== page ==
The Petters brothers began a small engineering company in the early
1900s. They saw World War 1 (WWI) coming and offered the company services to
the UK Government. It declined, but the Admiralty took up their offer and a long maritime tradition was born. By 1915, they were producing Short
184 seaplanes from a field near Yeovil and by 1916 a proper factory was
being built. At the end of WWI, around 1100 aircraft of 10 types had been
The inter-war years saw Westland produce the fixed wing Woodpigeon,
Widgeon, Wapiti and Wallace. Always innovative, the Pterodactyl tailess
aircraft appeared and the first rotary wing designs, by Cierva, were built
in 1936. The famous Lysander and Whirlwind were already in production
before World War 2 (WWII) broke out.
During WWII, Westland also produced Spitfires and Seafires to assist
Vickers-Supermarine, which had become a priority target for the Luftwaffe
KG missions. It also produced the Wrekin high-altitude, pressured
Helicopter work had started as early as 1948, re-working and improving
the Sikorsky S-51 design to produce the Dragonfly for the Royal Navy and
the Royal Air Force, entering service in 1953. This same year saw the last
fixed wing design (the Wyvern) and Westland had produced about 6000
aircraft before it decided to concentrate on excellence in rotary wing airframes.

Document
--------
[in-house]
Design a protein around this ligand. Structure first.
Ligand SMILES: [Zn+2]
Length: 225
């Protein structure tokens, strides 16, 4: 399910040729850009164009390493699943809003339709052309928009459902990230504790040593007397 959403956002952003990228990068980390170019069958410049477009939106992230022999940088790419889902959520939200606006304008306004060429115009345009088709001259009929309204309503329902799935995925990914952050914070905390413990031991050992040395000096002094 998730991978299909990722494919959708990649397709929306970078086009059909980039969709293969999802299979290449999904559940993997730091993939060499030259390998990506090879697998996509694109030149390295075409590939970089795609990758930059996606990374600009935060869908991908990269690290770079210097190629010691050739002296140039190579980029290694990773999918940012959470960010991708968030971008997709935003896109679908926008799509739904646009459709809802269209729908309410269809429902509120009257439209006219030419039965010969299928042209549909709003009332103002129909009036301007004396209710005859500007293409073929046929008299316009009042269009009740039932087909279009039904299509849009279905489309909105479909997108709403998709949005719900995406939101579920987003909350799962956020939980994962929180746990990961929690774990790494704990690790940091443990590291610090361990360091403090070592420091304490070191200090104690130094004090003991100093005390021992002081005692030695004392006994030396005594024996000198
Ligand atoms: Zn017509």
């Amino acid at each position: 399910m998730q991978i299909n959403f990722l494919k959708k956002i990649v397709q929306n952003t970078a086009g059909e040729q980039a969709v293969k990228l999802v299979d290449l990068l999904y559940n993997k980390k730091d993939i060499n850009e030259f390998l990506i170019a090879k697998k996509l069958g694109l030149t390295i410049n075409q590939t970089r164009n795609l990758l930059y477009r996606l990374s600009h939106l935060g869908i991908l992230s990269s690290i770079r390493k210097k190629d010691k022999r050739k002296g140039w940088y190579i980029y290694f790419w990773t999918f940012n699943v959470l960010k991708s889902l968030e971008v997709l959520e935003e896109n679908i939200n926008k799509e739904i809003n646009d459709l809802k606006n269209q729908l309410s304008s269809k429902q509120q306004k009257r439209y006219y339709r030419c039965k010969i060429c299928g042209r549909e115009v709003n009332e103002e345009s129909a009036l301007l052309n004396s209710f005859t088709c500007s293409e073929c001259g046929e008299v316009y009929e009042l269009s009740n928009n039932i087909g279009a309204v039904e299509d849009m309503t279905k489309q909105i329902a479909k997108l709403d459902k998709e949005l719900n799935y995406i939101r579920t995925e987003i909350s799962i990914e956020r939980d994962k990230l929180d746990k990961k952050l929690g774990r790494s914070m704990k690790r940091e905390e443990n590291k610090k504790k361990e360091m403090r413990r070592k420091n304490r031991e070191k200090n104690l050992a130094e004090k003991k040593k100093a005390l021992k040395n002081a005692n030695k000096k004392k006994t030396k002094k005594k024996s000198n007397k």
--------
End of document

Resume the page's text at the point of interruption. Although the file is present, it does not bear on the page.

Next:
A similar improvement approach produced the Whirlwind (from the S-55)
and the Wessex (from the S-58), which was also re-engineered for gas
Major rationalisation of the UK aircraft industry occurred during the
1960s. Westland acquired Bristol Helicopters, Fairey Aviation and
Saunders-Roe to transform itself into Westland Helicopters with plants
at Yeovil, Weston-super-Mare, Eastleigh and Hayes.
Collaboration with Sikorsky (a major shareholder) continued with the
Sea King and new arrangements were made with Aerospatiale for the Puma,
Gazelle and Lynx and their derivatives.
The mid 1980s were a very difficult period. By the late 1980s an acrimonious political row, figure-headed by Michael Hesletine and Leon
Brittain led Westland to adopt a more European focus and began collaboration with Agusta on the EH101 (to become the Merlin). By 1994, United Technologies (Sikorsky's parent company) sold its stock in
Westland and this was snapped up by GKN as part of its take-over. GKN-Westland was born in 1995. The injection of capital helped secure the UK Apache production for the British Army.
In July 2000, GKN and Finnemeccanica (of Italy) concluded a joint venture
agreement and AgustaWestland came into being in 2001.
The tradition of rotary wing excellence and supporting the Royal Navy continues.